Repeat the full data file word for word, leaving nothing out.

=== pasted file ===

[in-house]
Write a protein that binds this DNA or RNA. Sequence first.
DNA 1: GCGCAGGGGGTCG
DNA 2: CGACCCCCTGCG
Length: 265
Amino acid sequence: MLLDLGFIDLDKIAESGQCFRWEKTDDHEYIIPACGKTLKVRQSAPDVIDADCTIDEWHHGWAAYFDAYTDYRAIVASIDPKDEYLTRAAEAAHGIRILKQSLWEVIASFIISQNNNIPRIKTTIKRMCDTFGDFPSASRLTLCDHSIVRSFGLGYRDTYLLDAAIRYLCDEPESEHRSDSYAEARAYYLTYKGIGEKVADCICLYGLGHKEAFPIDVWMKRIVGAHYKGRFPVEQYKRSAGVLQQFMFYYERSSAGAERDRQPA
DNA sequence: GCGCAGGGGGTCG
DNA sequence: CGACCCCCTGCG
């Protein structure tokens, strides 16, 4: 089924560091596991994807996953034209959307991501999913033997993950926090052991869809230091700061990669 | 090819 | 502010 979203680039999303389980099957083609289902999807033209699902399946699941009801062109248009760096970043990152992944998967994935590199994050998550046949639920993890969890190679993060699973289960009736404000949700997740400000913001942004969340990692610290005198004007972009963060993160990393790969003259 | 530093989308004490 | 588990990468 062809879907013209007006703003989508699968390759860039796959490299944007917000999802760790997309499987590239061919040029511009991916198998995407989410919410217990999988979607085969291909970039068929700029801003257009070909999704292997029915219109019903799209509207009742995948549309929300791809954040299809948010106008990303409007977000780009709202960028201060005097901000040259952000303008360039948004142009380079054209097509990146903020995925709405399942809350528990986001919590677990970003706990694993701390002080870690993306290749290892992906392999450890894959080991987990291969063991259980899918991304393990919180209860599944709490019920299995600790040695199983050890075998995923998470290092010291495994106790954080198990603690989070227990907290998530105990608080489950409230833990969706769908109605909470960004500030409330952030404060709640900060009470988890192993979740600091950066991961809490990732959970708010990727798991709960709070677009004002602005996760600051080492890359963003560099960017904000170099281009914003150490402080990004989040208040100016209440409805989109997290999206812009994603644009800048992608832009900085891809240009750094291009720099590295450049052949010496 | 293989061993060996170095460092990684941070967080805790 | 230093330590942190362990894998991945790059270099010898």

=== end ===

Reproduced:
[in-house]
Write a protein that binds this DNA or RNA. Sequence first.
DNA 1: GCGCAGGGGGTCG
DNA 2: CGACCCCCTGCG
Length: 265
Amino acid sequence: MLLDLGFIDLDKIAESGQCFRWEKTDDHEYIIPACGKTLKVRQSAPDVIDADCTIDEWHHGWAAYFDAYTDYRAIVASIDPKDEYLTRAAEAAHGIRILKQSLWEVIASFIISQNNNIPRIKTTIKRMCDTFGDFPSASRLTLCDHSIVRSFGLGYRDTYLLDAAIRYLCDEPESEHRSDSYAEARAYYLTYKGIGEKVADCICLYGLGHKEAFPIDVWMKRIVGAHYKGRFPVEQYKRSAGVLQQFMFYYERSSAGAERDRQPA
DNA sequence: GCGCAGGGGGTCG
DNA sequence: CGACCCCCTGCG
């Protein structure tokens, strides 16, 4: 089924560091596991994807996953034209959307991501999913033997993950926090052991869809230091700061990669 | 090819 | 502010 979203680039999303389980099957083609289902999807033209699902399946699941009801062109248009760096970043990152992944998967994935590199994050998550046949639920993890969890190679993060699973289960009736404000949700997740400000913001942004969340990692610290005198004007972009963060993160990393790969003259 | 530093989308004490 | 588990990468 062809879907013209007006703003989508699968390759860039796959490299944007917000999802760790997309499987590239061919040029511009991916198998995407989410919410217990999988979607085969291909970039068929700029801003257009070909999704292997029915219109019903799209509207009742995948549309929300791809954040299809948010106008990303409007977000780009709202960028201060005097901000040259952000303008360039948004142009380079054209097509990146903020995925709405399942809350528990986001919590677990970003706990694993701390002080870690993306290749290892992906392999450890894959080991987990291969063991259980899918991304393990919180209860599944709490019920299995600790040695199983050890075998995923998470290092010291495994106790954080198990603690989070227990907290998530105990608080489950409230833990969706769908109605909470960004500030409330952030404060709640900060009470988890192993979740600091950066991961809490990732959970708010990727798991709960709070677009004002602005996760600051080492890359963003560099960017904000170099281009914003150490402080990004989040208040100016209440409805989109997290999206812009994603644009800048992608832009900085891809240009750094291009720099590295450049052949010496 | 293989061993060996170095460092990684941070967080805790 | 230093330590942190362990894998991945790059270099010898």